Heavy rain and possible thunderstorms will deliver at least an inch of rain from Wednesday night through Thursday night, but the area will continue to dodge accumulating snow that hit and will hit again to the north, according to forecasters.
A record-setting October snowstorm dumped heavy snow in Minnesota, parts of northern Wisconsin and the eastern Dakotas on Tuesday, the Associated Press reported.
It was the heaviest snow this early in October for many Minnesota locations and some in northwestern Wisconsin, with some southern Twin Cities suburbs getting around 9 inches of snow and the western Minnesota town of Sedan 10.8 inches.
An American Eagle flight from Chicago skidded off the runway and got stuck in the snow while trying to land at Central Wisconsin Airport in Mosinee on Tuesday night. No one was injured, but snowy road conditions and speed were blamed in a crash that killed one person in the Dunn County village of Wheeler on Tuesday afternoon.
Officially, the Minneapolis/St. Paul International Airport reported 7.9 inches of snow, the earliest in the season that the Twin Cities have measured 4 inches of more. The airport fell just shy of its all-time snowiest October day of 8.2 inches on Halloween 1991, AccuWeather reported.
Rain, snow and a wintry mix will be part of a new storm headed for the region late this week, with a swath of more than 6 inches of snow likely across the northern Rockies, as well as in a corridor from the Dakotas into northern Minnesota, AccuWeather said.
"This next system will be the type of storm that we often see in autumn and spring. There will be a surge of warm, moist air northward into the central Plains and Midwest and a press of cold air across the northern Plains," said AccuWeather Senior Meteorologist Mike Doll. "There will be a risk for gusty thunderstorms in the warm portion of the storm and heavy snow in the cold portion, with a chilly, soaking rain in between.”
Madison has not received any measurable snow this snow season (since July 1). The earliest snow of an inch or more was the 3 inches that fell on Oct. 10, 1990. Any October snow defies the norm, as only one in 10 Octobers has a day with more than 1 inch of snowfall.
In Madison on Wednesday, look for mostly cloudy skies, a high near 50 and west winds at 5 to 10 miles per hour, the National Weather Service said.
Chances for showers and thunderstorms are 90% Wednesday night, 100% Thursday and 80% Thursday night, with possible totals of a quarter- to half-inch Wednesday night and Thursday, and a half to three-quarters of an inch Thursday night. Lows around 41 and 42 will sandwich a high near 63.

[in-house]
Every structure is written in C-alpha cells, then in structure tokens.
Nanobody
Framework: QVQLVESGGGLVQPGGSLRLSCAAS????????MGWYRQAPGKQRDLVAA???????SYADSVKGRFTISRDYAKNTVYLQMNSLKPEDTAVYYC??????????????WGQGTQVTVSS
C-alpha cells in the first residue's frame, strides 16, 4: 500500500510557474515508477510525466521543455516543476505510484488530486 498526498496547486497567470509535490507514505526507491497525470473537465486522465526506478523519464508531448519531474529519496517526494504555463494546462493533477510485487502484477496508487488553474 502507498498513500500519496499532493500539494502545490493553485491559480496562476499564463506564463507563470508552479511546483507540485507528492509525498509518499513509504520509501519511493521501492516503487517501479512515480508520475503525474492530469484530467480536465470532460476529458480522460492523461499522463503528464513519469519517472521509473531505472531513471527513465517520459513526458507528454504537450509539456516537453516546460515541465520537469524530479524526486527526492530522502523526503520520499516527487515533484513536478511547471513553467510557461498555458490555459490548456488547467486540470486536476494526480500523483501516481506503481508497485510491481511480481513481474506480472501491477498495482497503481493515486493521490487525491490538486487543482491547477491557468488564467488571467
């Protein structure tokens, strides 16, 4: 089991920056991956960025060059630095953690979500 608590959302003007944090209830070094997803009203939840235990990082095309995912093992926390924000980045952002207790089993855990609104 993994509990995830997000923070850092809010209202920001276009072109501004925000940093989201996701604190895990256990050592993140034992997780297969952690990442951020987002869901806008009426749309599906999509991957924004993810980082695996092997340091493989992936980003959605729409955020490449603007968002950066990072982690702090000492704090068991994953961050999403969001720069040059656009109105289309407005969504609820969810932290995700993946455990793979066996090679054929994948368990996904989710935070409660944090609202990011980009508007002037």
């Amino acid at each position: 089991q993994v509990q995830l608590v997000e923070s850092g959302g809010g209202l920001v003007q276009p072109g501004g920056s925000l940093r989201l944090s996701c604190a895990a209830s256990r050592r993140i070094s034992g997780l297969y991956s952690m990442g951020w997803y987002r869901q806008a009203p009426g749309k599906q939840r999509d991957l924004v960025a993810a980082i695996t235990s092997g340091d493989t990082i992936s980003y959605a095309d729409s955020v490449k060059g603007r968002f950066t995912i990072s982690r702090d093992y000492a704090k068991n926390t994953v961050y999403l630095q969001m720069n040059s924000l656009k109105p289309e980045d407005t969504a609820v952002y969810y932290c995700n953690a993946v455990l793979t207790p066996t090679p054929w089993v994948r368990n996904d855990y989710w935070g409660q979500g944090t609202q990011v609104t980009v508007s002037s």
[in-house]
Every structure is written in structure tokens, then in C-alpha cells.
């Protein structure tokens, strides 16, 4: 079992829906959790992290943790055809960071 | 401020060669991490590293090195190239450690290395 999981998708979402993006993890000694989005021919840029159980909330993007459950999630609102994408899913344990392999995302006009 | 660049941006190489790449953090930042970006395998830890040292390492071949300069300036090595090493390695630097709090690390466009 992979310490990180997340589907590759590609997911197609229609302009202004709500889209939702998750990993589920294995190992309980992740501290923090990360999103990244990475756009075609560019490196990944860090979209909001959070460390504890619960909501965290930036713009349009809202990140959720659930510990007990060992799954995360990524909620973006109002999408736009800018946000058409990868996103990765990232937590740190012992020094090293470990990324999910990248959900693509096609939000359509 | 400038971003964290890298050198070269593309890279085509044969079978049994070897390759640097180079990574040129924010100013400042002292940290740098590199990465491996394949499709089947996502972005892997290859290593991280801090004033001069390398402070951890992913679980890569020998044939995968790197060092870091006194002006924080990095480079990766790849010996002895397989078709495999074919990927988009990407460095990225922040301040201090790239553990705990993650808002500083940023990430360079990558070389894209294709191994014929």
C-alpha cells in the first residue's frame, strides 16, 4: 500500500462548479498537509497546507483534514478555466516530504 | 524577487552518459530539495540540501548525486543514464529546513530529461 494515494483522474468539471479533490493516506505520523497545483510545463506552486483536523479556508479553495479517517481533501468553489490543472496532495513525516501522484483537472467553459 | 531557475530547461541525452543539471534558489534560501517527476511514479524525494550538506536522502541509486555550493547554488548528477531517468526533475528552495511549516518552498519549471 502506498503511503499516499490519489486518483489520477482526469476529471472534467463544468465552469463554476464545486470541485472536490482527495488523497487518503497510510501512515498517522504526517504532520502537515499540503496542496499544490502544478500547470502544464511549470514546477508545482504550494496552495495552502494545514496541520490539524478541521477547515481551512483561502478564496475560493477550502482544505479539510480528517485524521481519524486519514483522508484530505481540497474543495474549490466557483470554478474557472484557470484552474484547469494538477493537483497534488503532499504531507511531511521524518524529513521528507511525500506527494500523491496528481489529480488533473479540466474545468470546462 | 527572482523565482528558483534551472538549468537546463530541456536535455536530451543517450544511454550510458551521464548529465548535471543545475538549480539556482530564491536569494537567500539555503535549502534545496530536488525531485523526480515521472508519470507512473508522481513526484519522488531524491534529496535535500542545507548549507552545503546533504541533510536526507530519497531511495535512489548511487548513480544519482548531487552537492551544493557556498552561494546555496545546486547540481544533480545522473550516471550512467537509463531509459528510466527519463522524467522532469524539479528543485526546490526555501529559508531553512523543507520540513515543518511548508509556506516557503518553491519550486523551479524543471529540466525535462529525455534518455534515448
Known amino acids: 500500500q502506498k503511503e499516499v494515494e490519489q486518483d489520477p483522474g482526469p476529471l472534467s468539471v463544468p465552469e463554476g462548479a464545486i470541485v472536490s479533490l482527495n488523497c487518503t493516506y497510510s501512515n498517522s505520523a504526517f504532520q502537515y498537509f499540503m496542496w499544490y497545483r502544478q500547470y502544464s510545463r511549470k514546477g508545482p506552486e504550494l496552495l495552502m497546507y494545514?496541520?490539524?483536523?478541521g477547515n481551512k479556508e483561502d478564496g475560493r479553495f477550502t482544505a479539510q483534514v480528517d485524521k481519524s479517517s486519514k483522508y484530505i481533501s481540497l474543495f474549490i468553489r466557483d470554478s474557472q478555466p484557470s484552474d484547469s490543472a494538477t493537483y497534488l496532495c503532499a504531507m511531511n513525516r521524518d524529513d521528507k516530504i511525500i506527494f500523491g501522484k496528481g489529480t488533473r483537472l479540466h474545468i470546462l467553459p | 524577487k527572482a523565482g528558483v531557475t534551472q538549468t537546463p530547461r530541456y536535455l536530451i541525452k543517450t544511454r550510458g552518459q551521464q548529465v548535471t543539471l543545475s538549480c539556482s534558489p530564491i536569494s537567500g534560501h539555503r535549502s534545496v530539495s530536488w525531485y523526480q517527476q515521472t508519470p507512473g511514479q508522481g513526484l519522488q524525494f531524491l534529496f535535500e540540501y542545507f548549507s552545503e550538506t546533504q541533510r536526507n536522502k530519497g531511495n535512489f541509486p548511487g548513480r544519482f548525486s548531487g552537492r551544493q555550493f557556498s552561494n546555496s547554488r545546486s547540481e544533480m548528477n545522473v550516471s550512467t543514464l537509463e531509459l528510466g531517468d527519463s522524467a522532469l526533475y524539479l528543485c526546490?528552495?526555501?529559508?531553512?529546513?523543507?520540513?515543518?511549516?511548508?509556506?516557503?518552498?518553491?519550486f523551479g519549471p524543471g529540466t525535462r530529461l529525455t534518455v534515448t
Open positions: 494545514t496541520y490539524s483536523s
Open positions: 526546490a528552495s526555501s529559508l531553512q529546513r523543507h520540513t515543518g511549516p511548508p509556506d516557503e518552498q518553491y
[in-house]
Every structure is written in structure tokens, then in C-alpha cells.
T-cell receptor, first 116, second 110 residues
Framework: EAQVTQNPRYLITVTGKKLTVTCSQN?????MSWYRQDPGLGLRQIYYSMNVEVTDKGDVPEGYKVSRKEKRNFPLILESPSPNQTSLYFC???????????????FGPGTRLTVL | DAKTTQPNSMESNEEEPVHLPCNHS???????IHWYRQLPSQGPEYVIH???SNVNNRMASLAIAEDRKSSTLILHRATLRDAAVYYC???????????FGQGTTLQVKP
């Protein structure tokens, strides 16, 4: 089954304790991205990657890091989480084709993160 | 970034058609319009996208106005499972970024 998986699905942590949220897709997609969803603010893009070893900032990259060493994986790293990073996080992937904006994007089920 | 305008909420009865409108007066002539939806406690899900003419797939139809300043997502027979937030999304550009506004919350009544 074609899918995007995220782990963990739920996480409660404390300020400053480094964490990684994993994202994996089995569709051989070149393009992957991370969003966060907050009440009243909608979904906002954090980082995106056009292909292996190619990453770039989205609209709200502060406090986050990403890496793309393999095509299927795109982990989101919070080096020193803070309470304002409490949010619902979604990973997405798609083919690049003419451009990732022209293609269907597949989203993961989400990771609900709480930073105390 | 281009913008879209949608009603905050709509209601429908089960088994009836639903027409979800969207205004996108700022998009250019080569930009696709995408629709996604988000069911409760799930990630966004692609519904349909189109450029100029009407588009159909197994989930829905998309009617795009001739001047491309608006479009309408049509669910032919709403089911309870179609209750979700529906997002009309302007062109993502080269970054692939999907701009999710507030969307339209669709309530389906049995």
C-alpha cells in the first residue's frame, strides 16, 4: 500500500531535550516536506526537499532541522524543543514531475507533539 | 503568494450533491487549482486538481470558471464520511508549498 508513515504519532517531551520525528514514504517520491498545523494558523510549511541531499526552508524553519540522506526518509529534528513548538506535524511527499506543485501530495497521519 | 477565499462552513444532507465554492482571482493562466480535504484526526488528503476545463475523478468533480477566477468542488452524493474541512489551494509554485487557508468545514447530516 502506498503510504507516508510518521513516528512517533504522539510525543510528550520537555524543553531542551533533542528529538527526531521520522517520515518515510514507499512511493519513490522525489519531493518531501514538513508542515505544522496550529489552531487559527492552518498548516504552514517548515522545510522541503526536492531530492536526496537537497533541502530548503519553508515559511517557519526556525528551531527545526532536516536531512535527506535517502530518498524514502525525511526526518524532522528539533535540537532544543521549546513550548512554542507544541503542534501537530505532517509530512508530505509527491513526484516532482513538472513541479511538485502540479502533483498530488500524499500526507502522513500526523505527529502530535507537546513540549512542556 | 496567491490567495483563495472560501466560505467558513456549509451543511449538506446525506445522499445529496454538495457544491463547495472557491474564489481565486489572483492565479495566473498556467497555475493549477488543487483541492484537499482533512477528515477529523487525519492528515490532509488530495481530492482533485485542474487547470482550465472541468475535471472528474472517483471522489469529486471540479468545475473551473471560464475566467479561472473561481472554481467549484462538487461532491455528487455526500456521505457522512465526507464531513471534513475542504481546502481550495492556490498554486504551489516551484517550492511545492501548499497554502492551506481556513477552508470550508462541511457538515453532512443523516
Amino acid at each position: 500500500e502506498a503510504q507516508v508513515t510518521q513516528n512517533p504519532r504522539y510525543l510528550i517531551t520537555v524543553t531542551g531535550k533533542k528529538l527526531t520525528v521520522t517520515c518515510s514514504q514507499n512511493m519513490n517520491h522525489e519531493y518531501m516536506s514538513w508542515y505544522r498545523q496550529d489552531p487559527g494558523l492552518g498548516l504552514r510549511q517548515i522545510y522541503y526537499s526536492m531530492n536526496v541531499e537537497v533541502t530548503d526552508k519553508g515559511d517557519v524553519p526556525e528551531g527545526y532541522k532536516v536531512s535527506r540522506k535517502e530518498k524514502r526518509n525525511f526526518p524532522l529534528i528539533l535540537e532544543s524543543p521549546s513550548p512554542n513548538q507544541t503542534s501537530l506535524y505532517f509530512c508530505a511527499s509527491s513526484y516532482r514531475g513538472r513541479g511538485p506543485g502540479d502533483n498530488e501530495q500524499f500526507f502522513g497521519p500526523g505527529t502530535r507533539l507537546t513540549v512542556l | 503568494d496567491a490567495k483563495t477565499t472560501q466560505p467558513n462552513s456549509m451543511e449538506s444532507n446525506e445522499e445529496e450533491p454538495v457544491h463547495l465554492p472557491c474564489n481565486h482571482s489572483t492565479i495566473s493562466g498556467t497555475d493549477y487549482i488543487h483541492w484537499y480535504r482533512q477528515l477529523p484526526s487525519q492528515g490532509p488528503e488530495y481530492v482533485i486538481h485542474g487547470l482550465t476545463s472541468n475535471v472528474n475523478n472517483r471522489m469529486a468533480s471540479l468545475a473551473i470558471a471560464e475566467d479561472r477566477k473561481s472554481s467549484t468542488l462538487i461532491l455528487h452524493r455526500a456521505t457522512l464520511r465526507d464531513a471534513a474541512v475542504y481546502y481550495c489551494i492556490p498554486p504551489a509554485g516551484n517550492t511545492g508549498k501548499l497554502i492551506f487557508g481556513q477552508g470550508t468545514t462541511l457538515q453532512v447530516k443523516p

The Weather Service said there’s a 30% chance for showers Friday before 1 p.m., a 20% chance for rain and snow showers early Sunday morning, a 70% chance for showers mainly after 1 p.m. Sunday, a 50% chance for showers Sunday night, a 20% chance for showers Monday, a 20% chance for rain and snow showers Monday night, and a 30% chance for rain and snow showers Tuesday.
Skies over Madison should be mostly cloudy Friday, mostly sunny Saturday, cloudy Sunday, mostly cloudy Monday, and partly sunny Tuesday, with highs near 47, 45, 46, 44 and 41, and lows Friday night through Monday night around 30, 34, 36 and 30.
27 Storm Track meteorologist Max Tsaparis forecasts showers developing by late-evening Wednesday, scattered showers and thundershowers Thursday and redeveloping Thursday night, scattered showers Friday morning, a possible rain mix Sunday, and a possible light rain and snow mix Sunday night and again Monday.
Tsaparis said highs for Madison Wednesday through Tuesday should be near 51, 65, 51, 44, 43, 40 and 38, and overnight lows around 42, 51, 30, 33, 32 and 24.
Tuesday’s high in Madison was 47 at 3:02 p.m., 10 degrees below the normal high and 35 degrees below the record high of 82 for Oct. 20, set in 1953.
Tuesday’s low in Madison was 27 at 12:11 a.m., 11 degrees below the normal low and 7 degrees above the record low of 20 for Oct. 20, set in 1952.
Officially, 0.13 inches of precipitation was recorded at the Dane County Regional Airport on Tuesday, boosting Madison’s October total to 0.55 inches, 0.98 inches below normal. For meteorological fall (September through November), Madison now has received 3.96 inches of precipitation (rain plus snow converted to liquid), 0.7 inches below normal. For the year, Madison has received 33.11 inches of precipitation, 3.63 inches above normal.
Madison’s record precipitation for Oct. 20 is 1.65 inches in 1934.
Photos: Record-setting October snowstorm pummels Minnesota, northern Wisconsin